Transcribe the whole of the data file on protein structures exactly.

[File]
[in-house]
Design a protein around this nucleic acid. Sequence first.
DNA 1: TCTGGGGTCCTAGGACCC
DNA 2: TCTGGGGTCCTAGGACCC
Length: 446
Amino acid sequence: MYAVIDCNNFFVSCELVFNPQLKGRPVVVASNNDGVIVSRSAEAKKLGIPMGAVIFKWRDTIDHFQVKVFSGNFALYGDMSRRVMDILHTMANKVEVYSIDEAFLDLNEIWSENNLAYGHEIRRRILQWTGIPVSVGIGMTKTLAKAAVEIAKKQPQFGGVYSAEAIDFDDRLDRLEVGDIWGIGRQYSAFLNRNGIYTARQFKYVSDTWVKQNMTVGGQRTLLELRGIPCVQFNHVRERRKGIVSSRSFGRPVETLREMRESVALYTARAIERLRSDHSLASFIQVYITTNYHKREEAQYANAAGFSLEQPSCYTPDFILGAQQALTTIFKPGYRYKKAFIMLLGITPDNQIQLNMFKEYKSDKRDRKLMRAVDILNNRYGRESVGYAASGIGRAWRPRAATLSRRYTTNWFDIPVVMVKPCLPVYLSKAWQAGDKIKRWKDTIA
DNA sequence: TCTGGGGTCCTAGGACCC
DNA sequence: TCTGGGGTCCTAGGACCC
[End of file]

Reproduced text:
[in-house]
Design a protein around this nucleic acid. Sequence first.
DNA 1: TCTGGGGTCCTAGGACCC
DNA 2: TCTGGGGTCCTAGGACCC
Length: 446
Amino acid sequence: MYAVIDCNNFFVSCELVFNPQLKGRPVVVASNNDGVIVSRSAEAKKLGIPMGAVIFKWRDTIDHFQVKVFSGNFALYGDMSRRVMDILHTMANKVEVYSIDEAFLDLNEIWSENNLAYGHEIRRRILQWTGIPVSVGIGMTKTLAKAAVEIAKKQPQFGGVYSAEAIDFDDRLDRLEVGDIWGIGRQYSAFLNRNGIYTARQFKYVSDTWVKQNMTVGGQRTLLELRGIPCVQFNHVRERRKGIVSSRSFGRPVETLREMRESVALYTARAIERLRSDHSLASFIQVYITTNYHKREEAQYANAAGFSLEQPSCYTPDFILGAQQALTTIFKPGYRYKKAFIMLLGITPDNQIQLNMFKEYKSDKRDRKLMRAVDILNNRYGRESVGYAASGIGRAWRPRAATLSRRYTTNWFDIPVVMVKPCLPVYLSKAWQAGDKIKRWKDTIA
DNA sequence: TCTGGGGTCCTAGGACCC
DNA sequence: TCTGGGGTCCTAGGACCC